Review: The College Student’s Introduction to Christology by William P. Loewe

college-students-introduction-christology-william-p-loewe-paperback-cover-artI ought to know this stuff inside and out, truth be told.  I mean, I went to college to study this stuff! I have a big shiny degree that I paid over $80,000 dollars for that says in fancy letters “Theological Studies.” I should know a thing or two about Christology.

Alas, I do not, or did not, in this case. Make no mistake; VFCC tried to teach me this business, but, at the time, Facebook was more interesting. I regret this decision today, as I now find myself learning and re-learning everything I didn’t pay attention to or retain during my college years.  It’s not that I learned nothing; it’s just that I missed a great deal.

This is where The College Student’s Introduction to Christology comes in. I remember learning a few things about Christology, but not much. My theology classes were devoted more to things like the early church fathers, Aquinas’ Summa, Augustine’s Confessions, and Dante’s Divine Comedy, all of which were excellent in and of themselves.  However, theological topics tended to be summarized and taught in one class, rather than focused on over a period of time (such is the nature of overview courses), so I don’t recall much regarding this subject, other than perhaps a few things regarding what the Nicene Creed says about Jesus

TCSITC, however, has a different focus than I would have expected.  This is one of the books I violated my “no buying books” rule for, and I did so because, knowing that I wanted to read more regarding historical Jesus, I thought a primer would be quite useful. Written by a Catholic scholar, I expected a very Nicene Creed dedicated text with some talk about the historicity of Jesus being who the church says He is. What I got, however, was a very historical-critical text, which treats Jesus with what is known as a low, ascending approach (meaning they start with the person and work their way up to His divinity), giving as much credit to the first and second quests for the historical Jesus as possible, then tackling the case of Jesus’ resurrection, followed then by its meaning.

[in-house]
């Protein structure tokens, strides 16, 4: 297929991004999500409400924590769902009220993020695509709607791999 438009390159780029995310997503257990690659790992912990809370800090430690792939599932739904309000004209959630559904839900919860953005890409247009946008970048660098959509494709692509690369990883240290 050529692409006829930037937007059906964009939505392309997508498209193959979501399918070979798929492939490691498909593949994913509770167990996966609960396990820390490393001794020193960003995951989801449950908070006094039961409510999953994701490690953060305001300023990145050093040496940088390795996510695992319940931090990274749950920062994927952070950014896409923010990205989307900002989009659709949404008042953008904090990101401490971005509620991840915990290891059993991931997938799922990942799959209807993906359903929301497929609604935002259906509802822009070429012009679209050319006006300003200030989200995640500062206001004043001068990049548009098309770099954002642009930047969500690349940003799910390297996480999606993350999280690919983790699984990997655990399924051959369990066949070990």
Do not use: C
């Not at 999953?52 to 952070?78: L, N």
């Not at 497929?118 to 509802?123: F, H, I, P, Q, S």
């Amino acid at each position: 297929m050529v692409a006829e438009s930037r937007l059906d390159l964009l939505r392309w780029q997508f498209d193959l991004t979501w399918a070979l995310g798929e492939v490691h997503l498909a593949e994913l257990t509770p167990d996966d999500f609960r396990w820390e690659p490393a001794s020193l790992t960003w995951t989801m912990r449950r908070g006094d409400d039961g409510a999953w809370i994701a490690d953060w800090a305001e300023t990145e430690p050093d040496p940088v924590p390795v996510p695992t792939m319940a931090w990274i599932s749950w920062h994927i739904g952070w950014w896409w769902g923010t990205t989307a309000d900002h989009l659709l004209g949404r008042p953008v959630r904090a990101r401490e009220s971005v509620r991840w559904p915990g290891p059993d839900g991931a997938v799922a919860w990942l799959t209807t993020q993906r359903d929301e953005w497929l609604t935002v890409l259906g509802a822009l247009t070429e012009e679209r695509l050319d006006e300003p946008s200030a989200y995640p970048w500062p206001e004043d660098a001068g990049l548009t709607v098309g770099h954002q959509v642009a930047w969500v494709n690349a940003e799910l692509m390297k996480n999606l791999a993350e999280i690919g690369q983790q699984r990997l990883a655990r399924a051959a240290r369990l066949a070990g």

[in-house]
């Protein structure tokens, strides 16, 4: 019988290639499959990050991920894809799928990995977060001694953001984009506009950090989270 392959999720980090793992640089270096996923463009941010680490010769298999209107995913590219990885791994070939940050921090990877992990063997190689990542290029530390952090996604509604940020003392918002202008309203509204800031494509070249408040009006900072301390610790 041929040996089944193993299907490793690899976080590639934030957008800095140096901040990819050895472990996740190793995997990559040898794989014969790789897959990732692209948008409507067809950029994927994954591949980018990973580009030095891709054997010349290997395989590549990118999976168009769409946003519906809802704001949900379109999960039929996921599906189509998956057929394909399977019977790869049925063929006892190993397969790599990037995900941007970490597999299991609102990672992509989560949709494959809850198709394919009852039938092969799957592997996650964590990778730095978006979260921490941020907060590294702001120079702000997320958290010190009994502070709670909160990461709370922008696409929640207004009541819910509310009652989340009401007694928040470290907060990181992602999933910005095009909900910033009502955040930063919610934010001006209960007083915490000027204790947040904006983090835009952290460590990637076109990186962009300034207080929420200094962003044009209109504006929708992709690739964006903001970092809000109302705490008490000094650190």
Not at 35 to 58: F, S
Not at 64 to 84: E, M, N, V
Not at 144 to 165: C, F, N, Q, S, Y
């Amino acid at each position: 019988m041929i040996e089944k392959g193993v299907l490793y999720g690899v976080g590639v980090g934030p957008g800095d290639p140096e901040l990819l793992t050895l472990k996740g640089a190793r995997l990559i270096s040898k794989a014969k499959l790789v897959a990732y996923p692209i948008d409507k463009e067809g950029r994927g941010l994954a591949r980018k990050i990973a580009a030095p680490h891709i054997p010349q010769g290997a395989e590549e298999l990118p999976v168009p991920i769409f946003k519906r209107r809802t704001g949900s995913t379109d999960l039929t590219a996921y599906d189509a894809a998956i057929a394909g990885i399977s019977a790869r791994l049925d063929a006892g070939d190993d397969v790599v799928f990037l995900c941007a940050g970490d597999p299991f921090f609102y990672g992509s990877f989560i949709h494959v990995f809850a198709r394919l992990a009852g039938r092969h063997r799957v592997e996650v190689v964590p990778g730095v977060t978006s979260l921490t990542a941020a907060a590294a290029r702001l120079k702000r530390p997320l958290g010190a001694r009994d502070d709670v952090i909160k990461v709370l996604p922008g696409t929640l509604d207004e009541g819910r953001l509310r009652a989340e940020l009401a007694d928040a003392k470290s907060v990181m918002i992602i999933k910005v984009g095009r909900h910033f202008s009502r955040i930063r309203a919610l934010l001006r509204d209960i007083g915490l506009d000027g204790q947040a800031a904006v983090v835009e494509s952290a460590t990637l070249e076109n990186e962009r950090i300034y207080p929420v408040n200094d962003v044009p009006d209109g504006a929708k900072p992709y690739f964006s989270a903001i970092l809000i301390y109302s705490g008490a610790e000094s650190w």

The book is no more than 214 pages in length, and I feel like I finally understand what people are talking about when it comes to quests for the historical Jesus, and what Jesus means for our world today. Loewe spells it out pretty simply, but doesn’t treat you like you’re some five-year-old asking really weird questions.  In many ways, he’s simply summarizing what modern scholarship has shaped Christology into, while still adding just a hint of his own flavor to it. It makes me happy as well that he doesn’t just treat the historical-critical method (if you want to know more, follow the link) as some modernist heresy, but as a useful tool that tells us much more about what Jesus might have actually said and done.

In the end, I definitely recommend this book, whether you’re interested in theology or not.  It makes sense of what comes across as a lot of academic gibberish, and is accessible to anyone who simply wants to know more.   It’s already taught me a lot!

(Note: no more reviews or posts this week.  Taking a break until New Years Eve).


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